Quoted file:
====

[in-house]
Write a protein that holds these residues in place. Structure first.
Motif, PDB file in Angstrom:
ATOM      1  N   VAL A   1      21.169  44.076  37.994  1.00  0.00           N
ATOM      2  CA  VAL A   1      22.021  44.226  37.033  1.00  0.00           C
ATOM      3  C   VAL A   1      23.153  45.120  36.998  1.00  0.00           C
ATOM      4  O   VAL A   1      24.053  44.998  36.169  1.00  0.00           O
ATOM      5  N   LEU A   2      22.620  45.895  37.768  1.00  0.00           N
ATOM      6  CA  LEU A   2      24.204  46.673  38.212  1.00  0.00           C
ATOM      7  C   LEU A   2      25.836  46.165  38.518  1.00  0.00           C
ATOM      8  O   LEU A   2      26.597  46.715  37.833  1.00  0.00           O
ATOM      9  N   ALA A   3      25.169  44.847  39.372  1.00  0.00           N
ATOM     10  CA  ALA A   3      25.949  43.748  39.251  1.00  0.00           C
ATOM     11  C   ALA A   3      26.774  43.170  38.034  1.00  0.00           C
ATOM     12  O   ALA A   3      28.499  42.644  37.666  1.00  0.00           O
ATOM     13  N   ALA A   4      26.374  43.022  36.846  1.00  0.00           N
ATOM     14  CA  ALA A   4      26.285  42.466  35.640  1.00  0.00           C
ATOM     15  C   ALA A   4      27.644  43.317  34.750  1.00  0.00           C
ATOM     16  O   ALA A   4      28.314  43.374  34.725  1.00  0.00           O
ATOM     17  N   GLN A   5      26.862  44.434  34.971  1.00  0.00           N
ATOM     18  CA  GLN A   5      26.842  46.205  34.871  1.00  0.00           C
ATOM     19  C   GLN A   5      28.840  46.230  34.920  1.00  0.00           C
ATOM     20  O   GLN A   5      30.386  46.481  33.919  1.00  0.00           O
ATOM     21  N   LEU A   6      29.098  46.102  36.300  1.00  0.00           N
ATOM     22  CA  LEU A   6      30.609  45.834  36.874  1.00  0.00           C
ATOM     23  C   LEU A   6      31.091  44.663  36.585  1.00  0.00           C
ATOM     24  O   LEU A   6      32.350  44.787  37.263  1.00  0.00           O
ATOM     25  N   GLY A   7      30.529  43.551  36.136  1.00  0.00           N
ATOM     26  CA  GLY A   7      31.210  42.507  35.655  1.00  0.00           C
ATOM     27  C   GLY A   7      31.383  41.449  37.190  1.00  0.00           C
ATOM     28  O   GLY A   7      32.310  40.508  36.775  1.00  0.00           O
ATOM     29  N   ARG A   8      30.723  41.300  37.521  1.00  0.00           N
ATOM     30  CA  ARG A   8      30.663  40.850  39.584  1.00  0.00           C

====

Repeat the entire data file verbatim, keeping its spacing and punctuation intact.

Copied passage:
[in-house]
Write a protein that holds these residues in place. Structure first.
Motif, PDB file in Angstrom:
ATOM      1  N   VAL A   1      21.169  44.076  37.994  1.00  0.00           N
ATOM      2  CA  VAL A   1      22.021  44.226  37.033  1.00  0.00           C
ATOM      3  C   VAL A   1      23.153  45.120  36.998  1.00  0.00           C
ATOM      4  O   VAL A   1      24.053  44.998  36.169  1.00  0.00           O
ATOM      5  N   LEU A   2      22.620  45.895  37.768  1.00  0.00           N
ATOM      6  CA  LEU A   2      24.204  46.673  38.212  1.00  0.00           C
ATOM      7  C   LEU A   2      25.836  46.165  38.518  1.00  0.00           C
ATOM      8  O   LEU A   2      26.597  46.715  37.833  1.00  0.00           O
ATOM      9  N   ALA A   3      25.169  44.847  39.372  1.00  0.00           N
ATOM     10  CA  ALA A   3      25.949  43.748  39.251  1.00  0.00           C
ATOM     11  C   ALA A   3      26.774  43.170  38.034  1.00  0.00           C
ATOM     12  O   ALA A   3      28.499  42.644  37.666  1.00  0.00           O
ATOM     13  N   ALA A   4      26.374  43.022  36.846  1.00  0.00           N
ATOM     14  CA  ALA A   4      26.285  42.466  35.640  1.00  0.00           C
ATOM     15  C   ALA A   4      27.644  43.317  34.750  1.00  0.00           C
ATOM     16  O   ALA A   4      28.314  43.374  34.725  1.00  0.00           O
ATOM     17  N   GLN A   5      26.862  44.434  34.971  1.00  0.00           N
ATOM     18  CA  GLN A   5      26.842  46.205  34.871  1.00  0.00           C
ATOM     19  C   GLN A   5      28.840  46.230  34.920  1.00  0.00           C
ATOM     20  O   GLN A   5      30.386  46.481  33.919  1.00  0.00           O
ATOM     21  N   LEU A   6      29.098  46.102  36.300  1.00  0.00           N
ATOM     22  CA  LEU A   6      30.609  45.834  36.874  1.00  0.00           C
ATOM     23  C   LEU A   6      31.091  44.663  36.585  1.00  0.00           C
ATOM     24  O   LEU A   6      32.350  44.787  37.263  1.00  0.00           O
ATOM     25  N   GLY A   7      30.529  43.551  36.136  1.00  0.00           N
ATOM     26  CA  GLY A   7      31.210  42.507  35.655  1.00  0.00           C
ATOM     27  C   GLY A   7      31.383  41.449  37.190  1.00  0.00           C
ATOM     28  O   GLY A   7      32.310  40.508  36.775  1.00  0.00           O
ATOM     29  N   ARG A   8      30.723  41.300  37.521  1.00  0.00           N
ATOM     30  CA  ARG A   8      30.663  40.850  39.584  1.00  0.00           C